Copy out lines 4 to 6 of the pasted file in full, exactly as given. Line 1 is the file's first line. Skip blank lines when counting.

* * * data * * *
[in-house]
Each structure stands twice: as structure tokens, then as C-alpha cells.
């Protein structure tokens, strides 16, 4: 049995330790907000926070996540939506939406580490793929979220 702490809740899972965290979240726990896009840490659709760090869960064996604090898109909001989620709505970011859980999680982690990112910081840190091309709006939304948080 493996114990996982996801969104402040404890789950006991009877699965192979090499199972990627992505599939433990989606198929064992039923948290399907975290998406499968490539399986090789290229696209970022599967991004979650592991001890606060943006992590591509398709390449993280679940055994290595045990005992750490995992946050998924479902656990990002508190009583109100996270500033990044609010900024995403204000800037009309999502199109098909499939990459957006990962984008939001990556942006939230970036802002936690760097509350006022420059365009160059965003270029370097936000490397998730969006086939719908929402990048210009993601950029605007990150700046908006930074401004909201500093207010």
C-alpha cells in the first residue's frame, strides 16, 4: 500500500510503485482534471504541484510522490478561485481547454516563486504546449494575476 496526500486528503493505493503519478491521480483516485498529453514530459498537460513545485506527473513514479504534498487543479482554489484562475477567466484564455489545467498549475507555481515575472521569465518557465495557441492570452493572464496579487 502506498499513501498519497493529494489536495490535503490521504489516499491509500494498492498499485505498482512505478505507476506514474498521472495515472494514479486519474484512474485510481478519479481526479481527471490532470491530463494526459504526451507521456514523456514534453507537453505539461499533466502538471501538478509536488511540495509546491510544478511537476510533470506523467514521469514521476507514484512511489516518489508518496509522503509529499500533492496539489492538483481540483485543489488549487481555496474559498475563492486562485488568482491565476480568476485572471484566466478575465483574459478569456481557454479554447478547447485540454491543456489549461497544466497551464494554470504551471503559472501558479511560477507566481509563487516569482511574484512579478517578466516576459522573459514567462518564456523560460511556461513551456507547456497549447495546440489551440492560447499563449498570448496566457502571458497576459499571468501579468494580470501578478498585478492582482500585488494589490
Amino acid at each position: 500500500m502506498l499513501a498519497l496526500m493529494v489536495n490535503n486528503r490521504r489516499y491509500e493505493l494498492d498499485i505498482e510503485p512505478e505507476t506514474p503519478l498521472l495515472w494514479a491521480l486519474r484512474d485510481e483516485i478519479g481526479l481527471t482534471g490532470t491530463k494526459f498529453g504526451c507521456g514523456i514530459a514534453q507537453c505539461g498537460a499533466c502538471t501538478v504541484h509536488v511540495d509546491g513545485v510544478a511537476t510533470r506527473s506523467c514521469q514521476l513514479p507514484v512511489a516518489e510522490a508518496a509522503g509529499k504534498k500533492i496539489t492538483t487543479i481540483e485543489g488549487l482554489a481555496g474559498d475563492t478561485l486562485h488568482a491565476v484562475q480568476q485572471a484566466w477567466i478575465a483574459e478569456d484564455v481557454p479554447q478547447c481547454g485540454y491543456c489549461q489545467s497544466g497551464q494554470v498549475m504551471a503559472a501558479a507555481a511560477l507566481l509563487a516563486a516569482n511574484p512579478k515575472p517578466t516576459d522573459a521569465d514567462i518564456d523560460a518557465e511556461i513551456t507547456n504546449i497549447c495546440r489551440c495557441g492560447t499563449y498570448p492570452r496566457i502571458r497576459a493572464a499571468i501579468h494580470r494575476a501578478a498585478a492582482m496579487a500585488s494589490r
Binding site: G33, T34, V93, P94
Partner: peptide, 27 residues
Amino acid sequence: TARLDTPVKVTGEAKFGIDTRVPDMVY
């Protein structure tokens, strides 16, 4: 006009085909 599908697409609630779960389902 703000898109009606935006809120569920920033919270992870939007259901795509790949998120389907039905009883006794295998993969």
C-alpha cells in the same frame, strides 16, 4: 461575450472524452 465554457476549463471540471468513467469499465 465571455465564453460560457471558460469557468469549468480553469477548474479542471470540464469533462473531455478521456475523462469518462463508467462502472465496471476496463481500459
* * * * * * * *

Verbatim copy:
C-alpha cells in the first residue's frame, strides 16, 4: 500500500510503485482534471504541484510522490478561485481547454516563486504546449494575476 496526500486528503493505493503519478491521480483516485498529453514530459498537460513545485506527473513514479504534498487543479482554489484562475477567466484564455489545467498549475507555481515575472521569465518557465495557441492570452493572464496579487 502506498499513501498519497493529494489536495490535503490521504489516499491509500494498492498499485505498482512505478505507476506514474498521472495515472494514479486519474484512474485510481478519479481526479481527471490532470491530463494526459504526451507521456514523456514534453507537453505539461499533466502538471501538478509536488511540495509546491510544478511537476510533470506523467514521469514521476507514484512511489516518489508518496509522503509529499500533492496539489492538483481540483485543489488549487481555496474559498475563492486562485488568482491565476480568476485572471484566466478575465483574459478569456481557454479554447478547447485540454491543456489549461497544466497551464494554470504551471503559472501558479511560477507566481509563487516569482511574484512579478517578466516576459522573459514567462518564456523560460511556461513551456507547456497549447495546440489551440492560447499563449498570448496566457502571458497576459499571468501579468494580470501578478498585478492582482500585488494589490
Amino acid at each position: 500500500m502506498l499513501a498519497l496526500m493529494v489536495n490535503n486528503r490521504r489516499y491509500e493505493l494498492d498499485i505498482e510503485p512505478e505507476t506514474p503519478l498521472l495515472w494514479a491521480l486519474r484512474d485510481e483516485i478519479g481526479l481527471t482534471g490532470t491530463k494526459f498529453g504526451c507521456g514523456i514530459a514534453q507537453c505539461g498537460a499533466c502538471t501538478v504541484h509536488v511540495d509546491g513545485v510544478a511537476t510533470r506527473s506523467c514521469q514521476l513514479p507514484v512511489a516518489e510522490a508518496a509522503g509529499k504534498k500533492i496539489t492538483t487543479i481540483e485543489g488549487l482554489a481555496g474559498d475563492t478561485l486562485h488568482a491565476v484562475q480568476q485572471a484566466w477567466i478575465a483574459e478569456d484564455v481557454p479554447q478547447c481547454g485540454y491543456c489549461q489545467s497544466g497551464q494554470v498549475m504551471a503559472a501558479a507555481a511560477l507566481l509563487a516563486a516569482n511574484p512579478k515575472p517578466t516576459d522573459a521569465d514567462i518564456d523560460a518557465e511556461i513551456t507547456n504546449i497549447c495546440r489551440c495557441g492560447t499563449y498570448p492570452r496566457i502571458r497576459a493572464a499571468i501579468h494580470r494575476a501578478a498585478a492582482m496579487a500585488s494589490r
Binding site: G33, T34, V93, P94